Negative Visualization Is the Antidote to Hedonic Adaptation
Imagining possible negative scenarios vividly provides us with an alternate life which is unbearable. By consciously thinking about losing what we have, we start to appreciate and be grateful for all that is bought by us or is gifted to us, like a loving family, or the car we drive.
By thinking negatively, we push the arrow backwards on the bow, providing it strength to move forward towards positivity at a greater velocity.
SIMILAR ARTICLES & IDEAS:
It explains our tendency as human beings to chase happiness, only to return back to our original emotional baseline after getting what we want.
We run on a hedonic treadmill...
"Attaining lasting happiness requires that we enjoy the journey on our way toward a destination we deem valuable. Happiness is not about making it to the peak of the mountain nor is it about climbing aimlessly around the mountain; happiness is the experience of climbing toward the peak."
... also referred to as hedonic treadmill, is defined as "the observed tendency of humans to quickly return to a relatively stable level of happiness despite major positive or negative events or...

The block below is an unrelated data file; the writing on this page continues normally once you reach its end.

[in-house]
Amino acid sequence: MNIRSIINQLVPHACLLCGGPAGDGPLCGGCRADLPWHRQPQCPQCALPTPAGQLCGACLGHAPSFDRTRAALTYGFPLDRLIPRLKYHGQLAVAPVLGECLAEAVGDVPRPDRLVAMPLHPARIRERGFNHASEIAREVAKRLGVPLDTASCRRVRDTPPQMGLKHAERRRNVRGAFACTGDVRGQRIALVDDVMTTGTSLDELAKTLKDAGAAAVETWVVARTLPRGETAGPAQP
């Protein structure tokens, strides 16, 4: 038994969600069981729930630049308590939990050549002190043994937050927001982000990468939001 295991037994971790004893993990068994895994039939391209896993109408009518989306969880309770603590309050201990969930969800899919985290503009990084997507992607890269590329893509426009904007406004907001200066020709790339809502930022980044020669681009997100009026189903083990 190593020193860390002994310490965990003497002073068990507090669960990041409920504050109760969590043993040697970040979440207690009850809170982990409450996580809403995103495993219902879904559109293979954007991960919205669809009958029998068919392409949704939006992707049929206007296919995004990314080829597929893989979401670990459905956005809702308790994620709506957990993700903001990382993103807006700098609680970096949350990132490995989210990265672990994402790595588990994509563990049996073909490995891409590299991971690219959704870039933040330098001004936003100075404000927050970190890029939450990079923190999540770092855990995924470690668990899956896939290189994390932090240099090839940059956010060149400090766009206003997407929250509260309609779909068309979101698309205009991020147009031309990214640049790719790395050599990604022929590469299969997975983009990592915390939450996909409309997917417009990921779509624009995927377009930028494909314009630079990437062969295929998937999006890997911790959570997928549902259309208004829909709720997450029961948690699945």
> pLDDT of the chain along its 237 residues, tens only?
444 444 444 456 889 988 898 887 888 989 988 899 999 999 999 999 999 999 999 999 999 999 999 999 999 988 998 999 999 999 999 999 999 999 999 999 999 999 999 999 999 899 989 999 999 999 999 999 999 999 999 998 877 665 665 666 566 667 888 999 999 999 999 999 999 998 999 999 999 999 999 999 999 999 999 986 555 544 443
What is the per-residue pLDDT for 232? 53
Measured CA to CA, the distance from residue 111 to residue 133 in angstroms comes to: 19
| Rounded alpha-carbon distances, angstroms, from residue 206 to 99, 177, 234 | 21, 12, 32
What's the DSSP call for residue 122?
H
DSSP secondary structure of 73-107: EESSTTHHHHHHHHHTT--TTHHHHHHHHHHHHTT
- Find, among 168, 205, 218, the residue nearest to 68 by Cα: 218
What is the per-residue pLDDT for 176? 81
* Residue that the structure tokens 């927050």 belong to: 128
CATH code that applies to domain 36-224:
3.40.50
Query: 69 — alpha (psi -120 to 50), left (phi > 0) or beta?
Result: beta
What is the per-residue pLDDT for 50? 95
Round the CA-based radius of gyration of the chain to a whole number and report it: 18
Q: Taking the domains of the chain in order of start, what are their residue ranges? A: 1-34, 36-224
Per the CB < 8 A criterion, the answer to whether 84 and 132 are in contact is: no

Critics view the hedonic adaptation tendency as a generalization that fails to take potentially shifting factors into account.
Economists used to believe that people will always choose the option that maximizes their well-being. But people act against their rational self-interest all the time.
This bias addresses why we do unimportant tasks we think are time-sensitive over tasks that are not time-sensitive, even if the non-time-sensitive tasks provide greater rewards.
How to overcome this bias:
This effect describes our tendency to remember incomplete or interrupted tasks better than completed tasks. Each unfinished task takes up some of your attention, splitting your focus. It also interferes with your sleep.
What you can do about it: